The Commons is a weblog for concerned citizens of southeast Iowa and their friends around the world. It was created to encourage grassroots networking and to share information and ideas which have either been suppressed or drowned out in the mainstream media.

"But if the cause be not good, the king himself hath a heavy reckoning to make, when all those legs and arms and heads, chopped off in battle, shall join together at the latter day and cry all 'We died at such a place;' some swearing, some crying for a surgeon, some upon their wives left poor behind them, some upon the debts they owe, some upon their children rawly left. I am afeard there are few die well that die in a battle; for how can they charitably dispose of any thing, when blood is their argument? Now, if these men do not die well, it will be a black matter for the king that led them to it; whom to disobey were against all proportion of subjection." (Henry V, Act V, Scene 4)

Saturday, September 03, 2005

Bush visit halts food delivery

Times-Picayune


Saturday, September 03, 2005

Bush visit halts food delivery
By Michelle Krupa
Staff writer

Three tons of food ready for delivery by air to refugees in St. Bernard Parish and on Algiers Point sat on the Crescent City Connection bridge Friday afternoon as air traffic was halted because of President Bush’s visit to New Orleans, officials said.

The provisions, secured by U.S. Rep. Charlie Melancon, D-Napoleonville, and state Agriculture Commissioner Bob Odom, baked in the afternoon sun as Bush surveyed damage across southeast Louisiana five days after Katrina made landfall as a Category 4 storm, said Melancon’s chief of staff, Casey O’Shea.

“We had arrangements to airlift food by helicopter to these folks, and now the food is sitting in trucks because they won’t let helicopters fly,” O’Shea said Friday afternoon.

The food was expected to be in the hands of storm survivors after the president left the devastated region Friday night, he said.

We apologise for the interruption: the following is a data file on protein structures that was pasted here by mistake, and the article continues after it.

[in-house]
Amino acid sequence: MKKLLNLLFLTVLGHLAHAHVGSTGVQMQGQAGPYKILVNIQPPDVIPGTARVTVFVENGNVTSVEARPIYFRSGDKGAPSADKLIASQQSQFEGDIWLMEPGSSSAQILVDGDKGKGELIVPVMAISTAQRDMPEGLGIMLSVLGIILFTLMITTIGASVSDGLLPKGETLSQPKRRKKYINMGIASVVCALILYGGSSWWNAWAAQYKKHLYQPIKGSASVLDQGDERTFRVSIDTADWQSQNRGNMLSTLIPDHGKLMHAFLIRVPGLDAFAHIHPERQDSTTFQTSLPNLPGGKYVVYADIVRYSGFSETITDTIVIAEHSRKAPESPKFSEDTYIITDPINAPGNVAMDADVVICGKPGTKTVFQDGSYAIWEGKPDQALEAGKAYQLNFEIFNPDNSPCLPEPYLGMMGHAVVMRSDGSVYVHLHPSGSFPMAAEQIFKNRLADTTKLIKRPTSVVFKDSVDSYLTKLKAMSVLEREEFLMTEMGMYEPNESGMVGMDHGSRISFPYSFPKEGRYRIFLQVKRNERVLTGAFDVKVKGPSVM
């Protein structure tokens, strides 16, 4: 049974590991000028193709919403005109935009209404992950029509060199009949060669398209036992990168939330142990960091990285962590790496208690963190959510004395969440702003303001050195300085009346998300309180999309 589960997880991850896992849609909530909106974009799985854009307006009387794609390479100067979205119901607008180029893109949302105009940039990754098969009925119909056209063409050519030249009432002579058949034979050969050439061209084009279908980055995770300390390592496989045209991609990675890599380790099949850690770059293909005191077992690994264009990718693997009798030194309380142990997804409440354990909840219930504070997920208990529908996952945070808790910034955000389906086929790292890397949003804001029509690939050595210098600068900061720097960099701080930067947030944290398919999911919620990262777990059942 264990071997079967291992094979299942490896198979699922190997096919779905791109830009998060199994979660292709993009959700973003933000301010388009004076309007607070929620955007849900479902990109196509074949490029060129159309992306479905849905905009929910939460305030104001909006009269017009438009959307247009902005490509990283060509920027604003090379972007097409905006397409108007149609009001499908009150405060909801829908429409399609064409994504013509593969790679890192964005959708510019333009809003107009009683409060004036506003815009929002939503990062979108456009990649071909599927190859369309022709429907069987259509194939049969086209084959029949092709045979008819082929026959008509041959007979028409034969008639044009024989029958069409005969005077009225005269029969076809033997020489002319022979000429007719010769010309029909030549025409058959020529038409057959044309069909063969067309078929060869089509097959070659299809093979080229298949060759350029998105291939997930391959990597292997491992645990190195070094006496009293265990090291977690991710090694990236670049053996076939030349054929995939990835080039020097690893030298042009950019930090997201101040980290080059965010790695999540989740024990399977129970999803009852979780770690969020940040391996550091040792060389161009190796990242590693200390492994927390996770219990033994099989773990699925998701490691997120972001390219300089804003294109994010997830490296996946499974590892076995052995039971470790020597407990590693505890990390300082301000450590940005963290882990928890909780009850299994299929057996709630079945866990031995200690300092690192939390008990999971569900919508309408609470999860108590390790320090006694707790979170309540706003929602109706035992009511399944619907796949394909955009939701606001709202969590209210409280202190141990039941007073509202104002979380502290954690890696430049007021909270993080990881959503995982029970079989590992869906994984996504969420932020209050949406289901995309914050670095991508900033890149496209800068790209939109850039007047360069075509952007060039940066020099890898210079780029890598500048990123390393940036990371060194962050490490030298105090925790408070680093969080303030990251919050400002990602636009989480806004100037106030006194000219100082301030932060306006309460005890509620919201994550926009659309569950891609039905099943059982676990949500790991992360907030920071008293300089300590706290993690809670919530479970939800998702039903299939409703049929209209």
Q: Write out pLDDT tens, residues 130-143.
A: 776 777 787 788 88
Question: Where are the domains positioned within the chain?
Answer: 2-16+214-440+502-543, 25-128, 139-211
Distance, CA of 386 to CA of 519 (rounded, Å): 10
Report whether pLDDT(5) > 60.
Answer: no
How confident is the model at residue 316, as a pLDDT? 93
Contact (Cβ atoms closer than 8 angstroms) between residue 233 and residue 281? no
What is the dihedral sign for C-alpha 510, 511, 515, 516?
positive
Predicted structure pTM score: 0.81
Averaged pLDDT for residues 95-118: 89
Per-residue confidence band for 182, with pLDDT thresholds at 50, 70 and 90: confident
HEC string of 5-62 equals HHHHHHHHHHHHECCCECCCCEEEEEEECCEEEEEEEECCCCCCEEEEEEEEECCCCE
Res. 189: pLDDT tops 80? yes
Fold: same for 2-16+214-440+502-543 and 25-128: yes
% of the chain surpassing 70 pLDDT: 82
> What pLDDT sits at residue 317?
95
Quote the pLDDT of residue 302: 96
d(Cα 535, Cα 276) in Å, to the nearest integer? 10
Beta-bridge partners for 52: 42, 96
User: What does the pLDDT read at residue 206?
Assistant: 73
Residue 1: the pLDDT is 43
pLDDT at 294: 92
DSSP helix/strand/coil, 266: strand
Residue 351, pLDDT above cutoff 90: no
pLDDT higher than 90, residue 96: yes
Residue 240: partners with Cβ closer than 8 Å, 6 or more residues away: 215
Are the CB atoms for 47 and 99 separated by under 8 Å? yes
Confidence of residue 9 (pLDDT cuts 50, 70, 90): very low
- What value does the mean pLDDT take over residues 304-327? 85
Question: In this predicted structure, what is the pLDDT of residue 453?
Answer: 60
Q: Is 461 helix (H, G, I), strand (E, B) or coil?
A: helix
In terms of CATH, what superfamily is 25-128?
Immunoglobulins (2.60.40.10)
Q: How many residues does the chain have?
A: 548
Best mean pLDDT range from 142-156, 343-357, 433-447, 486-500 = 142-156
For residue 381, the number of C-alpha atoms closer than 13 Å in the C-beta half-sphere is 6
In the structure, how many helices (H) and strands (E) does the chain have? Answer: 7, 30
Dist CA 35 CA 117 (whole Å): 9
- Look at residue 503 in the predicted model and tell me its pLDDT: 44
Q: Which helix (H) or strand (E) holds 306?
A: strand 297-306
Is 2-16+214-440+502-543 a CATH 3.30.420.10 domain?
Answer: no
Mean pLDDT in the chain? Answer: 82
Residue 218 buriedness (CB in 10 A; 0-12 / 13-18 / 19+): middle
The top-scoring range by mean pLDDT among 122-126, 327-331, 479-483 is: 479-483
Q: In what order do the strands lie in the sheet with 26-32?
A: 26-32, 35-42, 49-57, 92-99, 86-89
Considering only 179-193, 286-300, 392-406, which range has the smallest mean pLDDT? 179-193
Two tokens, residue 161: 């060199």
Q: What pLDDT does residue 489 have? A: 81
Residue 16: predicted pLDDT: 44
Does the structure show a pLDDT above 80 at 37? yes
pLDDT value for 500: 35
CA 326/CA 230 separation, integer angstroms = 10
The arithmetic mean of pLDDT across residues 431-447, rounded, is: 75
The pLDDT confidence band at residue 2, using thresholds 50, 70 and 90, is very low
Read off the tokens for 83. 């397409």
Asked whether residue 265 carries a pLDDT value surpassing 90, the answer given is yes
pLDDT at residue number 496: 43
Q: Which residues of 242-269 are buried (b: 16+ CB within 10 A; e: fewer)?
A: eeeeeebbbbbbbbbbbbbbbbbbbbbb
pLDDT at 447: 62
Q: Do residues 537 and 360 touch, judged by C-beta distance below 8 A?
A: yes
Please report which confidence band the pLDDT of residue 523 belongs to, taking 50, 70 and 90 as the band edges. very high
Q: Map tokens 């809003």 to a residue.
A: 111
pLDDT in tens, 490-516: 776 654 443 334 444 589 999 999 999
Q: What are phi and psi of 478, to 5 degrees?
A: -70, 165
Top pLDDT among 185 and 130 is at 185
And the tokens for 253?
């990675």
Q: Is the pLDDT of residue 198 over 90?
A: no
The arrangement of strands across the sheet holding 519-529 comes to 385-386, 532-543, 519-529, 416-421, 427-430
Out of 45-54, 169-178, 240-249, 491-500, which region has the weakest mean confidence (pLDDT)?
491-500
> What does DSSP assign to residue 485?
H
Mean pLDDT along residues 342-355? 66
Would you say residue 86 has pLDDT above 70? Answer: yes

http://www.nola.com/weblogs/print.ssf?/mtlogs/nola_Times-Picayune/archives/print076556.html


Update:

From a report about Laura Bush's photo-op trip to Lafayette:
http://www.dailykos.com/storyonly/2005/9/4/124532/7736


It goes to show how overwhelming things are here right now that I encountered the First Lady yesterday and I almost forgot to put it in this e-mail. It actually couldn't have been a worse experience; a team of us were working to put up a website with directions to every Red Cross shelter in the region when we were evicted from the computer room by the Secret Service. There's only one room in the Cajundome with telephones and internet access for refugees, and Laura Bush shut it down for eight hours (along with the food service rooms to the side and the women's showers). You may have seen it on CNN; apparently seven refugees were allowed back so Laura could help them in front of the cameras. If you saw that footage, that's where I put in half my volunteer hours. Not knowing Bush was still back there later I tried to insist on being allowed back into the room to a "Red Cross" guy who must have been a Secret Service agent undercover. A hint for future Secret Service agents: The real Red Cross guys don't look like they want to break your legs for walking too close to the barricade, because they're too busy passing out food and helping people. They're also less likely to use phrases like "Stand fast, sir!" Now, I know this is the sort of thing that happens whenever a VIP tours a disaster site, and maybe Laura Bush handing out that loaf of bread really will lead to an increase in donations. All I can say is, to have paralyzed a third of a day of operations at this stage of the game, it fucking well better. And I tried to position myself to say this to her in front of the television cameras too, but instead I only got a wave and a smile as she hurried past me. Looks like I'm going to have to become nationally infamous another day.

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